HomeHealth & BehaviorHealth & Nutrition

The lowdown on lice

Because all it takes is a few lice to wreak havoc on an entire school (and that's not even counting drug-resistant "super-lice"), we've gathered the facts you'll need to banish these obnoxious bloodsuckers and live louse-free.

By GreatSchools Staff

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The first steps

Every year countless kids are exposed to Pediculus humanus capitis, the human head louse. Most schools have a no-nits policy, which means students with any signs of infestation must stay home. Thus schools lose money whenever lice strike. If one in every 10 children in the United States gets lice at some point, MedicineNet estimates that the yearly cost of lice is $1 billion.

But first things first: How do you identify lice, and where do you look for them? Expect to find nits — or yellowish, oval eggs that resemble dandruff or scabs — on the hair an inch or two above the scalp. They're usually concentrated behind the ears and in the hairline just above the neck. Eggs take about eight or nine days to hatch, and newly hatched lice are called nymphs. Often too small to be visible to the naked eye, nymphs mature to the adult stage within 9 to 12 days. Fully grown lice are tan to grayish-white, about the size of a sesame seed, and six-legged with sharp, hook-like claws they use to attach themselves to hair. They feed on blood and can survive on a person's head for up to a month.

For answers to commonly asked questions about lice, check out this fact sheet from the Centers for Disease Control and Prevention. For those with questions about the nature of an infestation, the Harvard School of Public Health offers free head louse evaluation by mail.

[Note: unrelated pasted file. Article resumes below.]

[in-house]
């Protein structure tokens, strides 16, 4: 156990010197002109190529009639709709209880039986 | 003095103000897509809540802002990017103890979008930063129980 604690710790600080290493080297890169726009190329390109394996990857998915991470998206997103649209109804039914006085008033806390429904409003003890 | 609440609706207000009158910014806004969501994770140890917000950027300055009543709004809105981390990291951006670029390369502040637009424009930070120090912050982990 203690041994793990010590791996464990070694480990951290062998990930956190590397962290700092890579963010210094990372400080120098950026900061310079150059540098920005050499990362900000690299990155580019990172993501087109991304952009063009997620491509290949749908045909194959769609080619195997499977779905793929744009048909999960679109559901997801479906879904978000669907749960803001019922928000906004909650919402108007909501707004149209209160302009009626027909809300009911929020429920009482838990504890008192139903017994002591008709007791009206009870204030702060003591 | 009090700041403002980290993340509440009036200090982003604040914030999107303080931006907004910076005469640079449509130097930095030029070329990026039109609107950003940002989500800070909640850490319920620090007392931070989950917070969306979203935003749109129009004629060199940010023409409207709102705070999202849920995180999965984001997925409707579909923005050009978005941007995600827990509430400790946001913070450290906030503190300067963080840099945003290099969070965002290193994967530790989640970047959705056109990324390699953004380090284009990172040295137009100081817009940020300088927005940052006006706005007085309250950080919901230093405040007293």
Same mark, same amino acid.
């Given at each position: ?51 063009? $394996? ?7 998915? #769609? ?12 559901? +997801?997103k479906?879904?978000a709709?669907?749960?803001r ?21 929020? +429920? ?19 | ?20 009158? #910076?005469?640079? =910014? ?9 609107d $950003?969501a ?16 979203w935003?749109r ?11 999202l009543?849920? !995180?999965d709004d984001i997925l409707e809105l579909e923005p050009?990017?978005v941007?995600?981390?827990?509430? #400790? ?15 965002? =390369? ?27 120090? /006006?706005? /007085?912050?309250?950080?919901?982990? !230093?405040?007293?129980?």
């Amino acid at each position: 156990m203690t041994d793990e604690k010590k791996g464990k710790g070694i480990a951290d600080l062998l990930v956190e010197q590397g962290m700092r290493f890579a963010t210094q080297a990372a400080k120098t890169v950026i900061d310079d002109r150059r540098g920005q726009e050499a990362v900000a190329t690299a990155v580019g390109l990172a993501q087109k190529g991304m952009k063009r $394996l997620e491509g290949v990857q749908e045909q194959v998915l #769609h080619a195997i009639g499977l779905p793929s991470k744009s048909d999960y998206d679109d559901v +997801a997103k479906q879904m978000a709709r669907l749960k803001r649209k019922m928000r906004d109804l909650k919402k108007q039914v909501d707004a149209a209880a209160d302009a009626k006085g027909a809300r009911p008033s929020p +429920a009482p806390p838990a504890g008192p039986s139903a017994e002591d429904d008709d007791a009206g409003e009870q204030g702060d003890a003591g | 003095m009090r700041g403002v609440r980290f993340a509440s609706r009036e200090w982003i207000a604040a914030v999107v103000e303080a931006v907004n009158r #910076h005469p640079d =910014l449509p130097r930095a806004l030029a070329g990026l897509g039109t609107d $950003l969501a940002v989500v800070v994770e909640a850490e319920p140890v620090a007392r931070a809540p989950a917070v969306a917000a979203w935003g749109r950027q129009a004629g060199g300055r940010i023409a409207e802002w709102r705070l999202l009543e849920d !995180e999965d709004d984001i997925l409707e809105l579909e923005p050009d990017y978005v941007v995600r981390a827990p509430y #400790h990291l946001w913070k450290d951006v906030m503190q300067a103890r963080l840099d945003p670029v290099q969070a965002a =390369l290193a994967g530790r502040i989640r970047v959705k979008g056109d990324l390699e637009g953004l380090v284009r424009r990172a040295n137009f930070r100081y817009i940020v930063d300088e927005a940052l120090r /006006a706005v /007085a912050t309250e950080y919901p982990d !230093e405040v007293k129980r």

Comments from readers

"Don't be fooled by 'gadgets' or gimicks like the Lousebuster. Don't be fooled by the fact that it is FDA 'Cleared'. This does not mean it is FDA approved, it merely means it is cleared for marketing purposes. While this gadget may kill some lice and nits, (rumor has it their numbers are a little hyped) there is no way around combing. You must comb everything out of the hair in order to get rid of a head lice infestation. THis device cannot be used on children under four or people who can't express any level of discomfort, aka children or adults with special needs. Also can cause scalp burns if not used properly or in people who have a contraindicated condition. I love how this is hidden in the Lousebuster literature. THere are plenty of products out there that can kill lice and nits, but the main focus should be on removal, not a glorified hairdryer that costs $2000. I am willing to bet my Chi Hairdryer set on a cool setting with the diffuser will be just as effecti! ve. I think I'll stick to my lice comb! Also, NO-NIT is the way to go. It makes parents accountable and actually makes them comb everything out of the hair. Otherwise, they just go home, throw on some rid and send their kid back to school. Not wonder lice are everywhere."
"My youngest got lice at 3 and has very curly hair, it was a nightmare. It got so bad I finally called the pediatrician and they gave me a prescription but leary the bottle said right on it do not use on children under 5! I then found A little expensive but worth every penny, with one treatment everything was gone and they even sell a special laundry detergent b/c water does not kill the bugs. If it ever happend to you, don't hesistate go to"